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Review: Peter Pan (Birmingham Rep)

The fairy tale is reimagined by Liam Steel and Georgia Christou this Christmas

Rating: 4 out of 5 stars
Hook (Nia Gwynne) and the Pirates in Peter Pan at Birmingham Rep Theatre
© Johan Persson

Birmingham Repertory Theatre's Christmas show takes J M Barrie's classic story of the boy who never wants to grow up and pulls it kicking and screaming into the 21st century. This reimagined Peter Pan focusses on an unhappy Wendy in a foster home on a Birmingham housing estate, unwilling to love or be loved. Distrustful of adults, she's taken on a carer role for her two brothers Michael and John and has lost the ability to be a child. So when Peter Pan turns up, taking the trio to Neverland, Wendy discovers not only a new world but also a new sense of her own identity.

This Peter Pan is directed by Liam Steel, who was behind last year's hugely successful Birmingham Rep adaptation of The Wizard of Oz, and he has applied the same spirit of creativity and exploration to this production. Gone are the fantastical elements of the usual well-known show – instead we are looking at gritty housing estates where the Lost Ones live in a converted sewer underneath a graffiti-covered skateboard park and the pirates look like characters out of a Mad Max film.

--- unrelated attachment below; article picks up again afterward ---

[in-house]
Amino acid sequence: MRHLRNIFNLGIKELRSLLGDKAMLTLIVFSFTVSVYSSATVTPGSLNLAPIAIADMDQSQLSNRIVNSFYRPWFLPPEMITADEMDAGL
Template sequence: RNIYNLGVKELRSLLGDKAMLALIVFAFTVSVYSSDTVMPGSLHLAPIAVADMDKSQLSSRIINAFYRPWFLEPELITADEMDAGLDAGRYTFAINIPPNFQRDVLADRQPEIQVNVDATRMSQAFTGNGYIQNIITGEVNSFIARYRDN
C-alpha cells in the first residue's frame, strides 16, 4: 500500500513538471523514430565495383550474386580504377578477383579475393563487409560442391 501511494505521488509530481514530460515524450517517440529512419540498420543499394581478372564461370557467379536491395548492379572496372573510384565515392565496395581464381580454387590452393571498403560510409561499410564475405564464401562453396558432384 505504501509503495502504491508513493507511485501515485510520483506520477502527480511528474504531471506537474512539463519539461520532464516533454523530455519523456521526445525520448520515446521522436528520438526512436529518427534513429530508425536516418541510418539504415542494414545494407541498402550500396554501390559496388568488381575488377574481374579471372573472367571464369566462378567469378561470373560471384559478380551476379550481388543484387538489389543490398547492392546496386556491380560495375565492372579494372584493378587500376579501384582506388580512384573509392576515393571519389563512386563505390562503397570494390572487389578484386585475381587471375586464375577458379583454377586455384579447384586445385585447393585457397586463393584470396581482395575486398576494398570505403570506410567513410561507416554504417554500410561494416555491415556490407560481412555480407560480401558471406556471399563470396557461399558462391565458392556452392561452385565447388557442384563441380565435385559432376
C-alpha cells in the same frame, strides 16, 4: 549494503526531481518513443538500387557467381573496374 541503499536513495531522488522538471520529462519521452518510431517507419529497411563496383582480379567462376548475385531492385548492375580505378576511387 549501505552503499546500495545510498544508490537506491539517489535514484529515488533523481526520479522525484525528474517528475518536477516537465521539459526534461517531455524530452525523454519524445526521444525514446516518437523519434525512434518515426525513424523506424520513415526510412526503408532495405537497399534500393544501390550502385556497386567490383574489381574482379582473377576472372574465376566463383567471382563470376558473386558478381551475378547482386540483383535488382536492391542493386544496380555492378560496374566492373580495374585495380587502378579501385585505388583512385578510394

Adapted by Steel and Georgia Christou, the show is packed with contemporary themes including gender equality, the loss of youth and the importance of a mother to a lost child. But while these are clearly weighty subjects, they are presented in a production with plenty of humour, some great special effects and even some rap numbers.

At its heart, Cora Tsang plays Wendy as torn between a reluctance to trust anyone and a desire to be loved. We first meet her arguing with the police, the caretaker of her building and then her foster mother – this is one unhappy youngster. But through her adventures, Tsang's Wendy learns to trust others and to make herself not only vulnerable but also open to affection.

Lawrence Walker is a likeable Peter, refusing to grow up and yet also hankering after a home and a family of his own. A gender-swapped Hook is played by Nia Gwynne, who also takes the part of the children's foster mother Jess, creating a parallel between Wendy's two worlds. This Hook is part-pantomime, part-poet and even part-philosopher, but in true Peter Pan tradition she is also afraid of the crocodile who took her arm.

Tinkerbell is anything but an adorable fairy – instead Mirabelle Gremaud brings us a platinum-bobbed Tink dressed top-to-toe in silver glitter who stomps around the stage muttering indecipherably and very angrily – particularly when Wendy is around.

Michael Pavelka's sets are ambitious and ingenious, soaring into the skies, below the waves, under the streets, into the home and aboard the ship. There's a recurrent theme of grunginess to both the sets and Laura Jane Stanfield's outlandish costumes, as Stanfield dresses the children and the pirates in a blend of street and punk – just a little bit zany.

The clue to this ultra-modern version of Peter Pan is in the "reimagined" – any audience members expecting a traditional story will be rudely awakened. And in giving a new take on the classic story, Steel succeeds in bringing lots of fresh ideas to the tale while also wrapping them up in a thoroughly enjoyable family show.

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